Step 1 - Sift the Tant Pour Tant (TPT). This is the most time consuming part of macarons but is necessary for smooth textured macarons. Mix with the first lot of egg whites until you get a thick, smooth paste.
Mixing TPT and egg whites to a thick paste
Step 2 - Place the caster or superfine sugar, water and colouring gel in a heavy bottomed saucepan. Add a sugar thermometer and heat until simmering rapidly. Do not stir.
The green syrup should be dark in colour because it will lighten considerably with the addition of the meringue
Step 3 - Place the second lot of egg whites in a mixer fitted with a whisk attachment.
The whipped egg white with syrup
Step 4 - When the sugar mixture reaches 115°C/239°F start whipping the egg whites on maximum speed. They should reach soft peaks by the time the sugar mixture reaches 118°C/244°F. Carefully pour the hot syrup in a stream into the egg whites while the mixer is still running. Whip for 1 minute on maximum speed. Lower the speed to medium speed and whip for 1-2 minutes until it reaches 50°C/122°F.
The macaron mixture ready to pipe
Step 5 - Mix with the TPT mixture. You don't have to worry about deflating the meringue so you can slap this mixture against the bowl as . Just make sure that the meringue and TPT are mixed well. You can let this rest for a few minutes while you measure out the rings.
When not using, place the piping bag in a tall glass
Step 6 -Take four sheets of parchment on four trays and draw circles on the parchment in graduating sizes. Mine ranged from 10cm to 4cm (4x1.5inches). If you're using silicon mats just slide the marked parchment under the silicon mat so you can use the circles as a guide. This recipe makes enough macarons for 2 trees depending on how many layers you have but I always like to do extra in case one round doesn't work out especially the larger macarons which can be a bit trickier.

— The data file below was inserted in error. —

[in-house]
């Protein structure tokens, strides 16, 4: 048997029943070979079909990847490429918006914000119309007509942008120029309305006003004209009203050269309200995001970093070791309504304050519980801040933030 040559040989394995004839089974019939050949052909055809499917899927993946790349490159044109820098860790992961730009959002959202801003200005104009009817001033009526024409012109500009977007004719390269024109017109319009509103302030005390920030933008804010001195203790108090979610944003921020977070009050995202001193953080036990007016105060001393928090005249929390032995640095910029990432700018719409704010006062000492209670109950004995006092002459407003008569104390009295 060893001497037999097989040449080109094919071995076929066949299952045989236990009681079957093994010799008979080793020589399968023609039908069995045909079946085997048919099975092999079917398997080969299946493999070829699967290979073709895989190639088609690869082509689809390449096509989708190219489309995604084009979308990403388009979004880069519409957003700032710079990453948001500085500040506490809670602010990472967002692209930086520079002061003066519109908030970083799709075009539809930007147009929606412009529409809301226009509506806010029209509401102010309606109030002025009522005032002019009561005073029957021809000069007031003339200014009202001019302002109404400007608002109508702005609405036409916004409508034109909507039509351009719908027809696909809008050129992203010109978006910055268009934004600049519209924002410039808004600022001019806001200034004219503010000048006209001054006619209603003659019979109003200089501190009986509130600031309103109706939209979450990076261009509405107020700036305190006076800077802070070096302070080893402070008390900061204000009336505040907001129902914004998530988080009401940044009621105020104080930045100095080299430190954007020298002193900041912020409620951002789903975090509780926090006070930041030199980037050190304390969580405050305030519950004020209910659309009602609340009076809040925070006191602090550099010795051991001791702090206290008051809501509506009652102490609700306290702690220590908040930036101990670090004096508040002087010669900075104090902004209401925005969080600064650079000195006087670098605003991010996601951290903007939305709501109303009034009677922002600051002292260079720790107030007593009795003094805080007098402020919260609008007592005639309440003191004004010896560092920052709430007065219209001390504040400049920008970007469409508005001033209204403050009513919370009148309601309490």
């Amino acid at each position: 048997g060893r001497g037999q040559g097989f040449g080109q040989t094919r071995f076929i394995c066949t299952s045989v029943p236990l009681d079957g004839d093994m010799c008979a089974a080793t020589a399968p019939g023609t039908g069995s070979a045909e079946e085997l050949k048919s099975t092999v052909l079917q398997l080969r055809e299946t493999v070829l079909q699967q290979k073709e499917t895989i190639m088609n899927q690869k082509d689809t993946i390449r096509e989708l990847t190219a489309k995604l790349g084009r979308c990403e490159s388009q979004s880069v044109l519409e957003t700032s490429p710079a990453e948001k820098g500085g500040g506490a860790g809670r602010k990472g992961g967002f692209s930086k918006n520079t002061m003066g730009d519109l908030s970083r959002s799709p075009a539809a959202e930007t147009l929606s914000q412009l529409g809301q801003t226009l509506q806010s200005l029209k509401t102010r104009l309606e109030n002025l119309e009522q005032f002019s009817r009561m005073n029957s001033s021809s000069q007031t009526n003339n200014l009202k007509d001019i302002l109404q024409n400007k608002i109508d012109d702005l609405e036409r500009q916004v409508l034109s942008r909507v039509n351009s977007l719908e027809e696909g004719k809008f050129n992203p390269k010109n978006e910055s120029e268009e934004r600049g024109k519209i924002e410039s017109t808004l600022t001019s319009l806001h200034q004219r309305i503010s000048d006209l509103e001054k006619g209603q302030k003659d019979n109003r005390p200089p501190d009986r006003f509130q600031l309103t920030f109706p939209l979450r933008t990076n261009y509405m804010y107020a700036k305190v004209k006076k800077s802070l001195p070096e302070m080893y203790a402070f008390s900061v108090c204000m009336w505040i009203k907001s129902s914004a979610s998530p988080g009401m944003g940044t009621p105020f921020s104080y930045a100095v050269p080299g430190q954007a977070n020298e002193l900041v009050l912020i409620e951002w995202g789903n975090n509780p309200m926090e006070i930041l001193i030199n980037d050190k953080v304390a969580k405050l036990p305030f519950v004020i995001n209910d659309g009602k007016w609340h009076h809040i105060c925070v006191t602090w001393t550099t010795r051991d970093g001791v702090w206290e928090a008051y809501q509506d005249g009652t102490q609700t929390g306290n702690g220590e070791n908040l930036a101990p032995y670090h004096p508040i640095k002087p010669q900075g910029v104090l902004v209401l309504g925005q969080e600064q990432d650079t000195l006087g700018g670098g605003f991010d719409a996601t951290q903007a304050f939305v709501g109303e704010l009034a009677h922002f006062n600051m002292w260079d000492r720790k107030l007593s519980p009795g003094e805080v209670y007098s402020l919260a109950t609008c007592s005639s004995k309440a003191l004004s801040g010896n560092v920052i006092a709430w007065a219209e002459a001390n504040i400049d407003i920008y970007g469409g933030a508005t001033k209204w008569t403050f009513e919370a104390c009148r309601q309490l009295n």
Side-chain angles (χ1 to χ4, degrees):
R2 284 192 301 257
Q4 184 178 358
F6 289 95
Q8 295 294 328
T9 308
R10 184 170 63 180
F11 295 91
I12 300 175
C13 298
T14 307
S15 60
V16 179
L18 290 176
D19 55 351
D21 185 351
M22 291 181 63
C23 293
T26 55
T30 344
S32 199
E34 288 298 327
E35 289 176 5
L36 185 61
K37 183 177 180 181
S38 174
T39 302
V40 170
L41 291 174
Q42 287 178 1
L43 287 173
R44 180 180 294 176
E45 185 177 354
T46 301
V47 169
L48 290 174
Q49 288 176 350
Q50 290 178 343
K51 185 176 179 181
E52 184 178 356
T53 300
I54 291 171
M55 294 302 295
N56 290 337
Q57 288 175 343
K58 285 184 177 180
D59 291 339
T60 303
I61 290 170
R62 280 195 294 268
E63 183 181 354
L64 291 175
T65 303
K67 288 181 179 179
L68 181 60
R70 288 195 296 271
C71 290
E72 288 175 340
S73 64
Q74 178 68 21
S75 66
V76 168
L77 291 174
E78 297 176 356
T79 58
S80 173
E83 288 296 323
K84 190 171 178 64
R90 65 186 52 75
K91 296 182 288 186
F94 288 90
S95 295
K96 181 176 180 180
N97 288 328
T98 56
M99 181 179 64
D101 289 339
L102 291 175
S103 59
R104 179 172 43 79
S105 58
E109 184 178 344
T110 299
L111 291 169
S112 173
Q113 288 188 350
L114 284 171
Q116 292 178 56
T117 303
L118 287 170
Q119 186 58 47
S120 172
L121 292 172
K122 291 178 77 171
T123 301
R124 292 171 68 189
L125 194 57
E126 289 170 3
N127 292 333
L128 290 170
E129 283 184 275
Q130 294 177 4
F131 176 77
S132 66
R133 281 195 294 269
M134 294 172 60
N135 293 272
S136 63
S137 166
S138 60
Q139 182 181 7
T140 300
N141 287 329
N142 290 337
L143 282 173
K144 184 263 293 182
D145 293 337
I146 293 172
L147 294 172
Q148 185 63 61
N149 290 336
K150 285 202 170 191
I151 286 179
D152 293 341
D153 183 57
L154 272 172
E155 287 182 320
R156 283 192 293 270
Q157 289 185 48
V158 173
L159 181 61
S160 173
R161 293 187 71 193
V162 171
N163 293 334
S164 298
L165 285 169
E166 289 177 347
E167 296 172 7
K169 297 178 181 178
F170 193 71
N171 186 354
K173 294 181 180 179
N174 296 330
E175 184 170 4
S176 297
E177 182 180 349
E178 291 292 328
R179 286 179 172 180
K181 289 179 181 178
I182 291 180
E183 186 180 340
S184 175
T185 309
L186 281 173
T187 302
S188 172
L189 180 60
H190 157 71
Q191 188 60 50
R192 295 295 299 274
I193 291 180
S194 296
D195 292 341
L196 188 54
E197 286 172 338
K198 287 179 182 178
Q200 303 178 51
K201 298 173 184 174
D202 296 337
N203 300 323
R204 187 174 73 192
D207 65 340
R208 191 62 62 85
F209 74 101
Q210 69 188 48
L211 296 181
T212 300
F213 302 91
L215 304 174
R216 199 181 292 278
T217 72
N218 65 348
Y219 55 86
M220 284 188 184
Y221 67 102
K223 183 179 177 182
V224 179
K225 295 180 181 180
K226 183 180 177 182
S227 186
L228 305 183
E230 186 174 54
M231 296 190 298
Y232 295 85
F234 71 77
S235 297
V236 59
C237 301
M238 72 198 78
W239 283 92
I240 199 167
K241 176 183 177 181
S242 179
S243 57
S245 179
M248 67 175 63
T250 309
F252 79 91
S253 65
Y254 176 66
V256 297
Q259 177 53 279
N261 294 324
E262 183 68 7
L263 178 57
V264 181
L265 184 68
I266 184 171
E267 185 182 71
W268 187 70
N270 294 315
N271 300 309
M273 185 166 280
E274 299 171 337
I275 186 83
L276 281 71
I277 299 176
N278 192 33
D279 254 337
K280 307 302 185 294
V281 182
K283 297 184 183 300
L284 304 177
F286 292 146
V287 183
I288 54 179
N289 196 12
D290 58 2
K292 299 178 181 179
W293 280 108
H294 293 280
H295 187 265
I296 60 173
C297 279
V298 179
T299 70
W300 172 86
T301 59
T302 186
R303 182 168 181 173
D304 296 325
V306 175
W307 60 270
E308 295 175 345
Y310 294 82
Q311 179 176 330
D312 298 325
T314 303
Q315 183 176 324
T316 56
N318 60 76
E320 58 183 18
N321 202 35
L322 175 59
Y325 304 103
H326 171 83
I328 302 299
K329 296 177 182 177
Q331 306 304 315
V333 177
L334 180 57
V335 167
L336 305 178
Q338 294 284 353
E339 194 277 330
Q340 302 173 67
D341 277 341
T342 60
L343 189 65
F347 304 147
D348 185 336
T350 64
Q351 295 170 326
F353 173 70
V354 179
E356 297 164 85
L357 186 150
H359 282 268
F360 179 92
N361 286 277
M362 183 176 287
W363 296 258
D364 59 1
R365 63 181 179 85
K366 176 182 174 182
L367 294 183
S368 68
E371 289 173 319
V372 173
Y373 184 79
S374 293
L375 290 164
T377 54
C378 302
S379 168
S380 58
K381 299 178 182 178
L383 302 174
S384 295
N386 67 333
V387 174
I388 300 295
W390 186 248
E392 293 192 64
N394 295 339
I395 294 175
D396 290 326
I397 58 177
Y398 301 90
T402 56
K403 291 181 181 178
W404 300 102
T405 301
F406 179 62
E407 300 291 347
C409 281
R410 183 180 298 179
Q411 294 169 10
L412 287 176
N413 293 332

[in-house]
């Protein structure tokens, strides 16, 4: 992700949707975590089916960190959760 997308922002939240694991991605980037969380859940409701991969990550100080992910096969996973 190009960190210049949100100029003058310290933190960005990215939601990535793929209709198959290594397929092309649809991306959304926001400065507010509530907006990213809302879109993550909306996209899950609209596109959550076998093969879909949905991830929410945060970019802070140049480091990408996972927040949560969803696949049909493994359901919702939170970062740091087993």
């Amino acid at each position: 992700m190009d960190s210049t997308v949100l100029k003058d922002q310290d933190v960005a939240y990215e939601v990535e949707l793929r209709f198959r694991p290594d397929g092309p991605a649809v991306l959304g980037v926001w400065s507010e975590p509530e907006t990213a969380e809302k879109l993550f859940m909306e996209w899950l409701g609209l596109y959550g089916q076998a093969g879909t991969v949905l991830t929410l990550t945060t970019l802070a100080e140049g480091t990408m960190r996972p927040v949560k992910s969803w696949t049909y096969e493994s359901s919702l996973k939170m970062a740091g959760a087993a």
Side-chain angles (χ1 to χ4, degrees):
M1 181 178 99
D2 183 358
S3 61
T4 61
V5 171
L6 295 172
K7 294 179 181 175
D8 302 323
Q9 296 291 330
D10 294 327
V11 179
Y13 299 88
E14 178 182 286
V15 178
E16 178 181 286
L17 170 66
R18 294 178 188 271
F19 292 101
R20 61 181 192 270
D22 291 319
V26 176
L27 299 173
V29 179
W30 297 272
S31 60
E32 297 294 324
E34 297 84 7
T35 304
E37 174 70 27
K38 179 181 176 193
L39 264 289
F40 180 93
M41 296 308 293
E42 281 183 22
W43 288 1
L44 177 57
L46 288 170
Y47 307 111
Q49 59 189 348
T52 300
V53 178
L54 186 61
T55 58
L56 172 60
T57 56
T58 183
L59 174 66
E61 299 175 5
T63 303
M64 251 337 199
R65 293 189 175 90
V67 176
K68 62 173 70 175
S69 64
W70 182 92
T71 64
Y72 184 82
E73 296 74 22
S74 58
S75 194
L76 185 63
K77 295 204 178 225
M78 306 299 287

Keep tip in the centre and allow the mixture to spread to almost the edge of the drawn circle
Step 7 - Pipe the macaron filling into the guide by keeping the tip in the centre and it would naturally push out the macaron mixture. It spreads a little so stop piping just before you reach the edge of the circle. Do the large sizes together so that they can cook for the longest amount of time and do the smaller ones together. I also did some tiny rounds for the top of the tree. Gently bang the trays against the kitchen bench to remove large air bubbles.
Step 8 - Rest the trays of macarons to allow skins to form on the surface of the macaron. At first they will be sticky to the touch and look glossy but after anything from 30 minutes to 2 hours they will form a skin where the surface looks matte and if you touch them they won't stick to your finger. To hasten this process, put the air conditioning onto cold air.
Skin forming on top of macaron
Step 9 - Preheat oven to 150C/300F and position the rack so that the tray will be in the centre of the oven. You will be baking one tray at a time. Bake the largest rounds for 20 minutes, and the medium ones for 15 minutes and the small ones for 13 minutes. Cool completely. Then peel the paper off the back of the macarons. The largest ones will be the most difficult so I put them in the freezer for 10 minutes before peeling the paper off.
Step 10 - Make the buttercream by placing the butter in a mixer with a beater attachment and beat on medium speed until smooth, around 1 minute. Then add icing sugar, flavouring and colouring and beat on low speed until combined, then up the speed and beat for 5 minutes. Scoop into a piping bag fitted with a #867 tip.
Thermomix directions: place the butter, icing sugar, flavouring and colouring in the bowl and set to 1 minute, speed 3. Scrape down the sides and repeat for 2 minutes speed 3 until smooth and the sugar isn't grainy.
Step 11 - Place the largest round on a serving disc or plate and pipe buttercream. Place next layer and repeat until you've made 10-11 layers of macaron and have finished on a tiny macaron. Using tweezers affix pink and purple cachou balls. Dust with icing or confectioners sugar. This macaron can be kept in the fridge or freezer for 2 weeks in a cake box. If it is a bit too tall for your fridge you can take off the top few macarons and then just reattach it when you want to serve it.
Adding cachou balls as a final touch